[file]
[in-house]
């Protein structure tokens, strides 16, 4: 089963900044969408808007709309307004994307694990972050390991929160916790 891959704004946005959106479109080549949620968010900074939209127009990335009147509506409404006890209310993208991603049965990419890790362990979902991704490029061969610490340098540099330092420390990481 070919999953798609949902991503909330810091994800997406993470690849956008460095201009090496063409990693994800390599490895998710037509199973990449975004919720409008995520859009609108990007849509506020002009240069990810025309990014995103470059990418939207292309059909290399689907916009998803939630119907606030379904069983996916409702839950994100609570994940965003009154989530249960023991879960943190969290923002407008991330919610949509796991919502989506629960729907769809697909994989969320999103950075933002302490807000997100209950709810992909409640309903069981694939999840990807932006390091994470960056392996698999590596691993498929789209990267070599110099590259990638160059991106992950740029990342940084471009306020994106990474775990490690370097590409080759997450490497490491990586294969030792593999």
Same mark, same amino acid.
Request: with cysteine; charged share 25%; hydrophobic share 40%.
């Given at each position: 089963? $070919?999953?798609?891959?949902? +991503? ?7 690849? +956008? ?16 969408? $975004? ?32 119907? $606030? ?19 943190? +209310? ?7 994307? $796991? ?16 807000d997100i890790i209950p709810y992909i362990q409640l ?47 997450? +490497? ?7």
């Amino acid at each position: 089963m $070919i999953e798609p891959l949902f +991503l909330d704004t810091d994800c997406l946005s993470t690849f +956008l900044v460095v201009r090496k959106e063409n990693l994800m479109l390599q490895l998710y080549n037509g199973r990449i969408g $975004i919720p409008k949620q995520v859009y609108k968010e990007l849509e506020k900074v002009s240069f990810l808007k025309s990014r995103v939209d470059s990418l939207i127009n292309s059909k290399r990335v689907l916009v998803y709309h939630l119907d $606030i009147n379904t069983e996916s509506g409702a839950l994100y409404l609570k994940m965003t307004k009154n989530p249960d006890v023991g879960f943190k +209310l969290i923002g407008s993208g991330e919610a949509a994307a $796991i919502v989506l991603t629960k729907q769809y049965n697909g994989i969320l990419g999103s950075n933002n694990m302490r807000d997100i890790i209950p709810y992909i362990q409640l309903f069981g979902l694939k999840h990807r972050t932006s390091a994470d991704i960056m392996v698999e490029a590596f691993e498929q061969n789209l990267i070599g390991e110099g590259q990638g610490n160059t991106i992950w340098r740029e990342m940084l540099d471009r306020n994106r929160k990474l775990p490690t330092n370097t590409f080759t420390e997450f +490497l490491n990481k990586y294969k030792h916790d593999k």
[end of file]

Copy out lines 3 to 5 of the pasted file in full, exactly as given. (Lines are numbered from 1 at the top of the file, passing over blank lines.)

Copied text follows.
Same mark, same amino acid.
Request: with cysteine; charged share 25%; hydrophobic share 40%.
């Given at each position: 089963? $070919?999953?798609?891959?949902? +991503? ?7 690849? +956008? ?16 969408? $975004? ?32 119907? $606030? ?19 943190? +209310? ?7 994307? $796991? ?16 807000d997100i890790i209950p709810y992909i362990q409640l ?47 997450? +490497? ?7």